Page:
Black Americans are infected with COVID-19 at nearly three times the rate of white Americans, according to a new document from the National Urban League. The report, based on data from Johns Hopkins University, also shows black Americans are twice as likely to die from the virus.
According to the “State of Black America,” the infection rate for blacks is 62 per 10,000, compared with 23 per 10,000 for whites. Latinos see even more infections: 73 per 10,000.
During the early months of the pandemic, the report asserts that blacks were more likely to have preexisting conditions that predispose them to COVID-19 infection, less likely to have health insurance, and more likely to work in jobs that do not accommodate remote work.
Both black and Latino Americans are also more likely to live in multigenerational housing, which places older, at-risk adults in close contact with younger people who may not know they have the virus.
The report’s findings were echoed in new data published today in Morbidity and Mortality Weekly Report, which shows that in many hot spots throughout the country this summer, Hispanics and Latinos were disproportionately infected with the novel coronavirus.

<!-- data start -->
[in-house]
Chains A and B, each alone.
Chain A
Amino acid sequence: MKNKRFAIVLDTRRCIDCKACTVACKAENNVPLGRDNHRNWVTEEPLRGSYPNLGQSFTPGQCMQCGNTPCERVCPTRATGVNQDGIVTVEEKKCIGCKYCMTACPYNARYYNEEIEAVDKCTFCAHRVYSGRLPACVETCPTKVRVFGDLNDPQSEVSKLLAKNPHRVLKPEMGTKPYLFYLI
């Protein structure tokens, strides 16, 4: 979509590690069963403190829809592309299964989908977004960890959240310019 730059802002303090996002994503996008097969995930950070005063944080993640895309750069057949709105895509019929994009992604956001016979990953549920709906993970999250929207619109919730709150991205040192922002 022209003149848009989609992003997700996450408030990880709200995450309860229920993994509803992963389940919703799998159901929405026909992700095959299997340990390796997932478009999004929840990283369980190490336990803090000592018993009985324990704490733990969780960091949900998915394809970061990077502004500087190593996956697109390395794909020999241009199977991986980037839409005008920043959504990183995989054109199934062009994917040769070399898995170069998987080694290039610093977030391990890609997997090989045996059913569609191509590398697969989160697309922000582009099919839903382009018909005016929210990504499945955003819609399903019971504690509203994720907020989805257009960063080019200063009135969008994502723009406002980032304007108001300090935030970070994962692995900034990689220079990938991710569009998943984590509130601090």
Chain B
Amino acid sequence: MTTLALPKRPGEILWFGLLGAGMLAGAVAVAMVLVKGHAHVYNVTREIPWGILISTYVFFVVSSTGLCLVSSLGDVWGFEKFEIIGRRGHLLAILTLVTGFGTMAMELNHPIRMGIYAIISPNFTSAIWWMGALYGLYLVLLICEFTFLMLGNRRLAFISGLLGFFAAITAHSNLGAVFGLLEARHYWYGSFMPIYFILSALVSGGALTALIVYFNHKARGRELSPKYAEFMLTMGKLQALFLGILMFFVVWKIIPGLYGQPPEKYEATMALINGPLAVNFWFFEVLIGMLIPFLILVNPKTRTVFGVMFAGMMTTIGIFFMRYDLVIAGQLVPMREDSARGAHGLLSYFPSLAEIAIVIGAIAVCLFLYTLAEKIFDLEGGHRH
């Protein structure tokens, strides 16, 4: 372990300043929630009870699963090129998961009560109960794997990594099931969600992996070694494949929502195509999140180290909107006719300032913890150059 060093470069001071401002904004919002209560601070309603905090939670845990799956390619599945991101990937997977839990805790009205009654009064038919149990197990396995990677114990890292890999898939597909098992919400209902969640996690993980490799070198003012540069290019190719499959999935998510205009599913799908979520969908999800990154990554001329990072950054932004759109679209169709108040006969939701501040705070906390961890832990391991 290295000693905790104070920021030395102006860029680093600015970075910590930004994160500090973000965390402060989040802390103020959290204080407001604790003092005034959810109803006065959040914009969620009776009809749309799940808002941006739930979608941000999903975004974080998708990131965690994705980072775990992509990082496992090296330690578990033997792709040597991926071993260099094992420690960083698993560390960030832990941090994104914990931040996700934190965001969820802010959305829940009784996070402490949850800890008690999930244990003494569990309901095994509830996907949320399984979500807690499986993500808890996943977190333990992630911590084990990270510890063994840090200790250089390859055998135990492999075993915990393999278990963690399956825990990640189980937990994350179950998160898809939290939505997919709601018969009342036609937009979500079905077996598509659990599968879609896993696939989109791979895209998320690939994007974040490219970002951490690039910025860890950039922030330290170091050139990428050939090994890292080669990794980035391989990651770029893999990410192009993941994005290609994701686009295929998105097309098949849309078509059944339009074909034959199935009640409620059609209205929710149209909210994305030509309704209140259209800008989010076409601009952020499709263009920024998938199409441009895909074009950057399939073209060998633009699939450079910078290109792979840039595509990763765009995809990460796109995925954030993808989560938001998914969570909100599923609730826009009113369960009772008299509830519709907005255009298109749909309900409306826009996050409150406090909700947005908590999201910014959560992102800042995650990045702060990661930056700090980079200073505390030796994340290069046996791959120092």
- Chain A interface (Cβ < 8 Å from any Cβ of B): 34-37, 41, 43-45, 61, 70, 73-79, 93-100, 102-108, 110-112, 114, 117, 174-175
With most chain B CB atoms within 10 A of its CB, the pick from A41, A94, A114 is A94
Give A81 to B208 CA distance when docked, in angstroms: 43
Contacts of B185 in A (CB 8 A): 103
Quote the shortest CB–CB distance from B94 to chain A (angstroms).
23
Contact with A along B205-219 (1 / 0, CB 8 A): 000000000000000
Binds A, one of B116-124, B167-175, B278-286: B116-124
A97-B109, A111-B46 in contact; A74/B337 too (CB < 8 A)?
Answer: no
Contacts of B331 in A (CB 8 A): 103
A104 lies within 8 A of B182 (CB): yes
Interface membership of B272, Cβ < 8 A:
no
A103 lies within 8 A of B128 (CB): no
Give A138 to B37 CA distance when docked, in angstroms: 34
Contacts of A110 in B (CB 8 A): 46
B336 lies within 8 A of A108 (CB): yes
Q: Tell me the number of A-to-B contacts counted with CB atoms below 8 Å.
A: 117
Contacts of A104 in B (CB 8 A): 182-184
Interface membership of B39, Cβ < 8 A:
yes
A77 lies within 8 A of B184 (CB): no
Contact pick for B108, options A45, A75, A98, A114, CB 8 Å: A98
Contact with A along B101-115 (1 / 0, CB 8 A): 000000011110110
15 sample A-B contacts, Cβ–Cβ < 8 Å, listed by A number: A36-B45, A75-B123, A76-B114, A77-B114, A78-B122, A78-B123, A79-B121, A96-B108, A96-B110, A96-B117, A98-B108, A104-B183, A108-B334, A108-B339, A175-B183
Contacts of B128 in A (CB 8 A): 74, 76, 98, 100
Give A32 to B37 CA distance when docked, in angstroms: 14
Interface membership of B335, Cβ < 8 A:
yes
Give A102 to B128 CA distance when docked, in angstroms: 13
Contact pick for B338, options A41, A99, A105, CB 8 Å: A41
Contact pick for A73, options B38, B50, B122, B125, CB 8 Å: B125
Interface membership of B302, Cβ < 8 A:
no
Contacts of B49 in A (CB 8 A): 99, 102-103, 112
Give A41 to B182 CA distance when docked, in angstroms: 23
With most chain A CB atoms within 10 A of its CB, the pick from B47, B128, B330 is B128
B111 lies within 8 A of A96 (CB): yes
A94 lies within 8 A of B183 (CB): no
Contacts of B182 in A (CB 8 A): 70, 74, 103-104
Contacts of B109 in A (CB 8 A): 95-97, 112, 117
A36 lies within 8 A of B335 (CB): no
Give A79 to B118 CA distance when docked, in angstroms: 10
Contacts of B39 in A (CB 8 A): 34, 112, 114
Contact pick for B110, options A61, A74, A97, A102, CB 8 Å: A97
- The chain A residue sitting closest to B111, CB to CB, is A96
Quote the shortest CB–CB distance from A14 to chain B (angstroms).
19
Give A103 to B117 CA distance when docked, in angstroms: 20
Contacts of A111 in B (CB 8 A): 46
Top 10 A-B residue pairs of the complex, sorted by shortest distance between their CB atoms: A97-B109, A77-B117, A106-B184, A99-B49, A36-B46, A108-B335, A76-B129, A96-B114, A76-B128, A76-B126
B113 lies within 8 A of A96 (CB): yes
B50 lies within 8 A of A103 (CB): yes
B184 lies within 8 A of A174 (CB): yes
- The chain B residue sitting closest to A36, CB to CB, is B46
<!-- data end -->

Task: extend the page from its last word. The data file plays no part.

The analysis looked at county-level data for states experiencing a surge of virus activity during Jun 5 through 18. “Disparities in cases were identified among underrepresented racial/ethnic groups in 76 (96.2%) analyzed counties,” the authors said. “Disparities among Hispanic populations were identified in approximately three quarters of hotspot counties (59 of 79, 74.7%).”
Community transmission this summer was noted most heavily in Arizona, Texas, and Florida — states with large Hispanic populations.